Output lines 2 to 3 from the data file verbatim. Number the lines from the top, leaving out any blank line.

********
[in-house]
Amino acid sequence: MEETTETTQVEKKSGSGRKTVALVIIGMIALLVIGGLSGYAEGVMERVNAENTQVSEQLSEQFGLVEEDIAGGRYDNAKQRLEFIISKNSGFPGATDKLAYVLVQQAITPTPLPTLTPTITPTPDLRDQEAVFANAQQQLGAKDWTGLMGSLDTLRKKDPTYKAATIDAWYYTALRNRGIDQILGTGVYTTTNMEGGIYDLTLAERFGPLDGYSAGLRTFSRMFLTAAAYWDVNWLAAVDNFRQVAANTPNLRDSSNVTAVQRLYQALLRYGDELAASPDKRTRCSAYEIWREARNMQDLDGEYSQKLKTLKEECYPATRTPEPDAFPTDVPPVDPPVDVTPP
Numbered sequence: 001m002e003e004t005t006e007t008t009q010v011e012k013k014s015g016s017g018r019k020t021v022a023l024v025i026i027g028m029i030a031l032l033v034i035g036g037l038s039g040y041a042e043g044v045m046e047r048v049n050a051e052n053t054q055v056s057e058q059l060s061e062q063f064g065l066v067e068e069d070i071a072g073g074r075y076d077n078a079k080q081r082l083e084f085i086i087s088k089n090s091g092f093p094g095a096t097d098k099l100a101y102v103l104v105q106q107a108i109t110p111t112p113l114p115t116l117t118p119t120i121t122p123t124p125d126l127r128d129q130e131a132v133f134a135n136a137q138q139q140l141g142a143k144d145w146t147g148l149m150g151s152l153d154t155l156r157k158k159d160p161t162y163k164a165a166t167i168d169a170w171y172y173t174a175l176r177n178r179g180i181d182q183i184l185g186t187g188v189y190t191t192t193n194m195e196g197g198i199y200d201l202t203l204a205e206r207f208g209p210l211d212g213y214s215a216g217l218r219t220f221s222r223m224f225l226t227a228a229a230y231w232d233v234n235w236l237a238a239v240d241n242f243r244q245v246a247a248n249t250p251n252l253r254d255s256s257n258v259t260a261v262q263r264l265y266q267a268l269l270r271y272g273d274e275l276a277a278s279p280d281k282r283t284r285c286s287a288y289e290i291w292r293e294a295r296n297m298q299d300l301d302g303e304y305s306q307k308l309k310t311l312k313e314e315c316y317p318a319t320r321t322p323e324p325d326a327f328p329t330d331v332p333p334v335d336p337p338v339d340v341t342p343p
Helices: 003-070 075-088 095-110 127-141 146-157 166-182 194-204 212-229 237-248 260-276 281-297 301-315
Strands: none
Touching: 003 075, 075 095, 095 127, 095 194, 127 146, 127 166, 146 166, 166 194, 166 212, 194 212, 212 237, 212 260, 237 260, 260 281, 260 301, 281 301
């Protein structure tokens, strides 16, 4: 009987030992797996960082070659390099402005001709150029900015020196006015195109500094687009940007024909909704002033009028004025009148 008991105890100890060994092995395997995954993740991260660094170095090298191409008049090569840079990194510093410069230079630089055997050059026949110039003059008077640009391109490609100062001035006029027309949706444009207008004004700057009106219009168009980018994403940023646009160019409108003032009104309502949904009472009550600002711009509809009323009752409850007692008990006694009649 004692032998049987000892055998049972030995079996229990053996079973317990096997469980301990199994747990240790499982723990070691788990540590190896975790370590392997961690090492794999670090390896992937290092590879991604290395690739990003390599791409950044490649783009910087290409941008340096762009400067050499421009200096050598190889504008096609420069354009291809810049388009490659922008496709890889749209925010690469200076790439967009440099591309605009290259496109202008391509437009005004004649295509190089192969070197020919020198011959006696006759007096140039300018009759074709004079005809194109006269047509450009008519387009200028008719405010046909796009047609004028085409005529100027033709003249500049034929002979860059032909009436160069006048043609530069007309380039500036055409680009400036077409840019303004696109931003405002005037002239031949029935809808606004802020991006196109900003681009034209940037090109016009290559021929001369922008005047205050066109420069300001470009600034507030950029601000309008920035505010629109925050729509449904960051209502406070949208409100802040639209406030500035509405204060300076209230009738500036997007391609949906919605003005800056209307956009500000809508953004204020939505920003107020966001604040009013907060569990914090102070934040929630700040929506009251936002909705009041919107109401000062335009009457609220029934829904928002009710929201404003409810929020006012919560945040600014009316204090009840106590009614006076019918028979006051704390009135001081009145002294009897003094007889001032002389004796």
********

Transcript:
Amino acid sequence: MEETTETTQVEKKSGSGRKTVALVIIGMIALLVIGGLSGYAEGVMERVNAENTQVSEQLSEQFGLVEEDIAGGRYDNAKQRLEFIISKNSGFPGATDKLAYVLVQQAITPTPLPTLTPTITPTPDLRDQEAVFANAQQQLGAKDWTGLMGSLDTLRKKDPTYKAATIDAWYYTALRNRGIDQILGTGVYTTTNMEGGIYDLTLAERFGPLDGYSAGLRTFSRMFLTAAAYWDVNWLAAVDNFRQVAANTPNLRDSSNVTAVQRLYQALLRYGDELAASPDKRTRCSAYEIWREARNMQDLDGEYSQKLKTLKEECYPATRTPEPDAFPTDVPPVDPPVDVTPP
Numbered sequence: 001m002e003e004t005t006e007t008t009q010v011e012k013k014s015g016s017g018r019k020t021v022a023l024v025i026i027g028m029i030a031l032l033v034i035g036g037l038s039g040y041a042e043g044v045m046e047r048v049n050a051e052n053t054q055v056s057e058q059l060s061e062q063f064g065l066v067e068e069d070i071a072g073g074r075y076d077n078a079k080q081r082l083e084f085i086i087s088k089n090s091g092f093p094g095a096t097d098k099l100a101y102v103l104v105q106q107a108i109t110p111t112p113l114p115t116l117t118p119t120i121t122p123t124p125d126l127r128d129q130e131a132v133f134a135n136a137q138q139q140l141g142a143k144d145w146t147g148l149m150g151s152l153d154t155l156r157k158k159d160p161t162y163k164a165a166t167i168d169a170w171y172y173t174a175l176r177n178r179g180i181d182q183i184l185g186t187g188v189y190t191t192t193n194m195e196g197g198i199y200d201l202t203l204a205e206r207f208g209p210l211d212g213y214s215a216g217l218r219t220f221s222r223m224f225l226t227a228a229a230y231w232d233v234n235w236l237a238a239v240d241n242f243r244q245v246a247a248n249t250p251n252l253r254d255s256s257n258v259t260a261v262q263r264l265y266q267a268l269l270r271y272g273d274e275l276a277a278s279p280d281k282r283t284r285c286s287a288y289e290i291w292r293e294a295r296n297m298q299d300l301d302g303e304y305s306q307k308l309k310t311l312k313e314e315c316y317p318a319t320r321t322p323e324p325d326a327f328p329t330d331v332p333p334v335d336p337p338v339d340v341t342p343p